Friday, 19 December 2014

Avoid Forgotten Payments With Electronic Quotes and Invoices

Accounts Receivable is money that your business is owed, but does not yet have. According to The Telegraph, the average company is waiting 30 days longer for payments than was agreed under contracts. How widespread is this problem? According to Rocket Lawyers survey of 937 small businesses, the number of companies who have trouble collecting payments from customers is one in four. These cash flow delays can pose a serious risk to small businesses.

While there are cases where a client will intentionally put off paying an invoice, as a business you want to eliminate as much friction to cash flow as possibleyou do not want there to be an excuse. Maybe a late invoice was misplaced by the client and forgotten. Maybe the payment was sent out, but has actually been lost in the mail. (A cliche, but sometimes dogs really do eat homework.) It is even possibleespecially if you are dealing with paper invoices and chequesthat the invoice was misplaced in your mailroom and did not get cashed by your accountant.

OfficeBooks is designed to make sales and invoicing as frictionless as possible for your business and clients:
       Frictionless quotes and invoices: OfficeBooks allows businesses to electronically send quotes before the work begins. As soon as the client signs off on the quote, an invoices arrives. With OfficeBooks, lost in the mail is no longer an excuse.
       Frictionless payment: OfficeBooks integration with Stripe means clients have the option to pay immediately through link in the invoice itself. Stripe does not even require the business to have a merchant account.
       Frictionless integration: With QuickBooks integration, your accountant can have access to every sale you make in OfficeBooks. OfficeBooks is even available through Intuits App Center. 

Small business advisors agree that e-invoicing is better than paper. Does your business still have trouble collecting money from customers?

Tuesday, 16 December 2014

Five Reasons to Forget Paper Records

Did you know that British businesses print off 120 billion pieces of paper every year? Not only is over-printing paper records wasteful, it leads to other practical costs for businesses each year. If you are not already retiring paper records from your office, here are five reasons to make the switch.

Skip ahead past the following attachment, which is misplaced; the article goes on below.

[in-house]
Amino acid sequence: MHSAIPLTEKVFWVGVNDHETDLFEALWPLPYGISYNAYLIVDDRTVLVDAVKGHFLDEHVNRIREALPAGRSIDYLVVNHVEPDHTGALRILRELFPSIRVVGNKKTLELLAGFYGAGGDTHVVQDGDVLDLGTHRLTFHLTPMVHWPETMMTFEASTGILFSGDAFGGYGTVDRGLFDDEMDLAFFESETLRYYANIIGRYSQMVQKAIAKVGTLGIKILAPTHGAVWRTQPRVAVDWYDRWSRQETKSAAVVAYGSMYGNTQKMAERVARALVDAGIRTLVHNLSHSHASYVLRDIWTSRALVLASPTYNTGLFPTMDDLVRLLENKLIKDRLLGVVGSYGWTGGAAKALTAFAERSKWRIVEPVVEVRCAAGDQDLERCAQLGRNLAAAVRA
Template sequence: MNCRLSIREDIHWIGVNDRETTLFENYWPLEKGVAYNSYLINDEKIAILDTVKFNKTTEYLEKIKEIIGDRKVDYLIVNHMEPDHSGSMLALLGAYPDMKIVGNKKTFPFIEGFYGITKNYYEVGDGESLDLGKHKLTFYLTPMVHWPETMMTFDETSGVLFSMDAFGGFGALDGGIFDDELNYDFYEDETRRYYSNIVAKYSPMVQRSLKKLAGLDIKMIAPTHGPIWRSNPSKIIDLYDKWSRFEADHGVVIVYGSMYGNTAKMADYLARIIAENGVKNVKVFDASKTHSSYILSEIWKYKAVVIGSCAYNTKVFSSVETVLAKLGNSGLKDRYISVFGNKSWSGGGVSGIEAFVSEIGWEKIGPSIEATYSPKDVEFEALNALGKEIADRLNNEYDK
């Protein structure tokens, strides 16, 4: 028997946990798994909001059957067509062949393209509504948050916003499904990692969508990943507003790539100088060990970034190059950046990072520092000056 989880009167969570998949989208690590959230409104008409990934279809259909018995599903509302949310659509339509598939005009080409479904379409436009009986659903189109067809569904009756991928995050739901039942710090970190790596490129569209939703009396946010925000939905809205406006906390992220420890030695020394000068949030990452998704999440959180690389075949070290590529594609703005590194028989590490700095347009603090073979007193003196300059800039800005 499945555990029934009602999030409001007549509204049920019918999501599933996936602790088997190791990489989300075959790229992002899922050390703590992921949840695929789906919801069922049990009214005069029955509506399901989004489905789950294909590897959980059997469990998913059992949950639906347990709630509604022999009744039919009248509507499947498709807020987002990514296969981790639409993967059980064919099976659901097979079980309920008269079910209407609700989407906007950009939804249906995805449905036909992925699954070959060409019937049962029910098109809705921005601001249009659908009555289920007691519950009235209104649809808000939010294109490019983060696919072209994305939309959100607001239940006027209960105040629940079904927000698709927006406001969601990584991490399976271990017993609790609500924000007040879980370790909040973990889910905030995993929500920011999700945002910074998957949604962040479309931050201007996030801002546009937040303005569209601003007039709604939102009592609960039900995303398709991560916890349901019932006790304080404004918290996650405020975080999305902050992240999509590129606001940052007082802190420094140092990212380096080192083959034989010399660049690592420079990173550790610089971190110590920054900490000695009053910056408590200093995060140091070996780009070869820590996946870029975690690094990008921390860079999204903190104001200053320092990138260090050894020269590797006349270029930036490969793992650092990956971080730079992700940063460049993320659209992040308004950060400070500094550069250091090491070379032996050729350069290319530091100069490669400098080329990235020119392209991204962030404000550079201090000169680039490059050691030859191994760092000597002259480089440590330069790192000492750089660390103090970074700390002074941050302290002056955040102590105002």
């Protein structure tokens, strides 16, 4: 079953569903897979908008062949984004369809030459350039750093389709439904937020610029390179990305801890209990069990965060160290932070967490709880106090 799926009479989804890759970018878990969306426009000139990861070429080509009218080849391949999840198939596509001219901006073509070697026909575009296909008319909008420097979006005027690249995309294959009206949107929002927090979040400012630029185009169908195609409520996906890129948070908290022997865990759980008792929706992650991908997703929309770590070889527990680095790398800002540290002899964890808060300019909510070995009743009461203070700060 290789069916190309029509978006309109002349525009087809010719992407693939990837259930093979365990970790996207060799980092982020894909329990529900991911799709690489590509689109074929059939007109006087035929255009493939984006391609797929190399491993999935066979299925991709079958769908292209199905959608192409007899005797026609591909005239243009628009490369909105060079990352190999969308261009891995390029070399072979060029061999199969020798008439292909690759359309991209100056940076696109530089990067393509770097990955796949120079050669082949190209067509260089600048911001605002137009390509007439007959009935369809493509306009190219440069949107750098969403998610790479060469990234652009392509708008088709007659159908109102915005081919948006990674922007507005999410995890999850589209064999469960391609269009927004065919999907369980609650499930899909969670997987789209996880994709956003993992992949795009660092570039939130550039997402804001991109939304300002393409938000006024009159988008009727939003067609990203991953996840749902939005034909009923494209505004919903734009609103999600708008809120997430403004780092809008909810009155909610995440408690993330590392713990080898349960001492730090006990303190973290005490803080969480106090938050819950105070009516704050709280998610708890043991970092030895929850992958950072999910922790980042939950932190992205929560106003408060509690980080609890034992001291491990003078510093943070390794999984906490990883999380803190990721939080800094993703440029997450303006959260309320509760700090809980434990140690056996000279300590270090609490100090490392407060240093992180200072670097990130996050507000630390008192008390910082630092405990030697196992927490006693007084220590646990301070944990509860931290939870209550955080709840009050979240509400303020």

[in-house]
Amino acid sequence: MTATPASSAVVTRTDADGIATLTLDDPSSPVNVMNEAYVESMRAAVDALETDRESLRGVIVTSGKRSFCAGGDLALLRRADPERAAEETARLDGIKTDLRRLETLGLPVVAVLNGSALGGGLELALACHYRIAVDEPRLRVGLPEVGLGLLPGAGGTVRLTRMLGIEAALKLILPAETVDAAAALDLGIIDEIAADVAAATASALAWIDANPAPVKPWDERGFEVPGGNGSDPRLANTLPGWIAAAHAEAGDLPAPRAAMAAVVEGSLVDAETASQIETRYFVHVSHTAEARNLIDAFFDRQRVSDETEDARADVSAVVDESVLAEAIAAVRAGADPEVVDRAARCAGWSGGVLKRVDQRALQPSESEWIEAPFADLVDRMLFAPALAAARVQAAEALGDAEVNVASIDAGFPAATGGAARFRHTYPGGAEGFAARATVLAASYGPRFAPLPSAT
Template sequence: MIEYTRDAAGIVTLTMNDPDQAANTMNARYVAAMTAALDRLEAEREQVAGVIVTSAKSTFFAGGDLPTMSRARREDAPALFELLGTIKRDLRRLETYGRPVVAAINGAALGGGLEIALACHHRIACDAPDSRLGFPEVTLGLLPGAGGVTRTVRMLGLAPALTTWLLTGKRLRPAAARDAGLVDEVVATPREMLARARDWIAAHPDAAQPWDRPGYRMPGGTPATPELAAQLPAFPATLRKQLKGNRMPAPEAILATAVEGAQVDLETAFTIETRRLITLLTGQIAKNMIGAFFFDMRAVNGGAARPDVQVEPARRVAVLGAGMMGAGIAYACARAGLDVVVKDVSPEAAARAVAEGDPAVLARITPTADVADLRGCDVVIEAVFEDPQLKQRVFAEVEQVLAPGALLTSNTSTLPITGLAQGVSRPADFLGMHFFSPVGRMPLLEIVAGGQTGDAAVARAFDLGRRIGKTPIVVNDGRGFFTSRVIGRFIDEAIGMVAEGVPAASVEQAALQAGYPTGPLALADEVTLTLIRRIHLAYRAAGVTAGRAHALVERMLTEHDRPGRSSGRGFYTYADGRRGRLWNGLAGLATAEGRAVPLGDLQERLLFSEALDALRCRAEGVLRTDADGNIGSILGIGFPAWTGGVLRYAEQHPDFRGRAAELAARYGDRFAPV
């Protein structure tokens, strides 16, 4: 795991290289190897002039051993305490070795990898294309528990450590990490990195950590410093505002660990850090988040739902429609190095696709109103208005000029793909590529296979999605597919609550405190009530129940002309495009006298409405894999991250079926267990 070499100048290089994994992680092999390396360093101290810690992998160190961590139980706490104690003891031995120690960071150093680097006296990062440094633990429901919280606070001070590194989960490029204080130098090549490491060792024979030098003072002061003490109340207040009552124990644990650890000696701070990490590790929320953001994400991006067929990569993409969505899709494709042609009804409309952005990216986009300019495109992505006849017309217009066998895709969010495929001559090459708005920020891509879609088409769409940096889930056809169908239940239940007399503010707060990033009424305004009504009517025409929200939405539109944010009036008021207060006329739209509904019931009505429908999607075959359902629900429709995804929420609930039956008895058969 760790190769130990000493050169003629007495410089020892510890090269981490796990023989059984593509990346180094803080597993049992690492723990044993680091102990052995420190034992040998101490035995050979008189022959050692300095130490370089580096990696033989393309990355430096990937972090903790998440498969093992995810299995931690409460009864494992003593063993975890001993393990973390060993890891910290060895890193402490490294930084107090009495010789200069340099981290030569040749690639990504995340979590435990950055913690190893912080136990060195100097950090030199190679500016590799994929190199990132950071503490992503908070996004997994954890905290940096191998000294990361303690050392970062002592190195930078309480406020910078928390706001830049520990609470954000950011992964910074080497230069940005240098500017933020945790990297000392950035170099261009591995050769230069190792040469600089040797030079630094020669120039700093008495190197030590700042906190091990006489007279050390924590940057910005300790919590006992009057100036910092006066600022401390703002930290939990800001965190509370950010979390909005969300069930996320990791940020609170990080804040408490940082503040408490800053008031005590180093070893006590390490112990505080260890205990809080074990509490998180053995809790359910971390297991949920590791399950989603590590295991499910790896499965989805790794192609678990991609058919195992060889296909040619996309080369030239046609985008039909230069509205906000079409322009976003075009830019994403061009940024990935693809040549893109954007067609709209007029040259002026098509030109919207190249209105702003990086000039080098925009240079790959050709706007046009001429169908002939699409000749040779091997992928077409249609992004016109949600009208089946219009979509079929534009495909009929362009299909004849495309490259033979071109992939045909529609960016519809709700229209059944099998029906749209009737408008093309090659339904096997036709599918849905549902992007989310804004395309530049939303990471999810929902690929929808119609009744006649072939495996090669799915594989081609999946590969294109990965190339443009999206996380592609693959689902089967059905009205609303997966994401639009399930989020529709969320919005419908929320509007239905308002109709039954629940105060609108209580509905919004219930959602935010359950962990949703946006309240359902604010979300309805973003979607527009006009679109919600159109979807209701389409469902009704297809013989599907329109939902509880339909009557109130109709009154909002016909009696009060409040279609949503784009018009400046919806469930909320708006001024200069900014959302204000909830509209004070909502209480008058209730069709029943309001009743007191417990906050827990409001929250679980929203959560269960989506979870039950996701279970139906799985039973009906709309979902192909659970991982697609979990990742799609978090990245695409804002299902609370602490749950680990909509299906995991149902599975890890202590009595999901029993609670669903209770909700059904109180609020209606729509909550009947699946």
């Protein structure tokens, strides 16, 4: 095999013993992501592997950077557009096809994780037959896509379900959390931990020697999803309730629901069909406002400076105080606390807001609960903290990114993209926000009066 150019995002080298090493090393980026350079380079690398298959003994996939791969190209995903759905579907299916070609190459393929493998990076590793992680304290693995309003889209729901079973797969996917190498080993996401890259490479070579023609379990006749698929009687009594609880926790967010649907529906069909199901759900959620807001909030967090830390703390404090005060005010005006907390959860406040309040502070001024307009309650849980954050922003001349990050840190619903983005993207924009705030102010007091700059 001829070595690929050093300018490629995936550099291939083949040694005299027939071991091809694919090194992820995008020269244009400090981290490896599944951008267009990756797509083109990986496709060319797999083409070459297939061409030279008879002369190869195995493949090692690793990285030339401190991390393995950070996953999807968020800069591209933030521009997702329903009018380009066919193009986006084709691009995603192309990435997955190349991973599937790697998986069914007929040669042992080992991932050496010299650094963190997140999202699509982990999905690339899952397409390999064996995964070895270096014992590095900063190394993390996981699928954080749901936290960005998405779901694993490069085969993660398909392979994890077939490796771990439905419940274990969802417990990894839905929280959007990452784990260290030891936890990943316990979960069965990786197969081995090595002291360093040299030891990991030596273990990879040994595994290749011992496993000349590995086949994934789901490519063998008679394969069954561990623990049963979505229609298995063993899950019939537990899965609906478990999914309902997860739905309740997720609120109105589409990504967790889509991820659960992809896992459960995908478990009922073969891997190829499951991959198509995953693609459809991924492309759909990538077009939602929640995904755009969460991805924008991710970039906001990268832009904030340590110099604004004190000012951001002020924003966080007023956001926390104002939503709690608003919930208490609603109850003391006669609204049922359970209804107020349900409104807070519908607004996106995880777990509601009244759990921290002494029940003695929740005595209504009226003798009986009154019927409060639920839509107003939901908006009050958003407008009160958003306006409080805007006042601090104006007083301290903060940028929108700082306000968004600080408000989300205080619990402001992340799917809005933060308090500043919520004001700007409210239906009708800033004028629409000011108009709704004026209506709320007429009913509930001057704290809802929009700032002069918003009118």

1.     Paper records are not easy to organize. Have you ever tried to rearrange a filing cabinet at the snap of a finger? Paper records can only be retrieved through the system they were filed underif your staff remembered to file the records at all. This means that if your paper records were filed by name, you have to go through all of your records to see what was filed most recently, who your customer service team interacted with last, or by the largest accounts you deal with. OfficeBooks allows users to sort records by customer, due date, contact follow up, balance owed, and more at the press of a button.
2.     Paper records take up valuable office space. Not only are filing cabinets expensive, they take up expensive office space. According to The Cost of Managing Paper by KJ McCorry, if you are paying the average price of office space in the USbetween $15-20 per square footyour business is already spending $236-$314 per filing cabinet in space. OfficeBooks is a cloud service, which means we host the servers so you can get more done with a smaller office.
3.     Paper records are not secure. Offsite storage is smart because keeping one set of paper records is risky. In the event of a break-in, fire, flood, or anything an insurer would call an Act of God, the paper records you keep around the office are constantly at risk being lost or damaged. Could storage is offsite storage. If anything happens to your office, your records will be still be safe in the cloud.
4.     Paper records waste time. A paper by KMWorld suggests that 90% of time that knowledge workers spend in creating new reports or other products is spent recreating information that already exists. If an employee waste too much time looking for a record they are unable to find, they will waste even more time trying to duplicate the that information, even if it is information you already have. An effective record keeping system means your files are always on hand, easily searched and indexed, and do not require duplicating information that you should already have.
5.     Paper records can only be accessed in one place. If there is an emergency, and you are not at the office, you will not be able to look over your paper records first hand. Likewise, if an order comes in, paper records do not automatically send instant alerts to your manufacturing or inventory management team. With OfficeBooks, everyone on your team can access your businessrecords right when they need to. No mailing or faxing required.

Have you lost paper records recently? Feel free to share your story in the comments section.

Friday, 12 December 2014

Three reasons to get serious about procurement management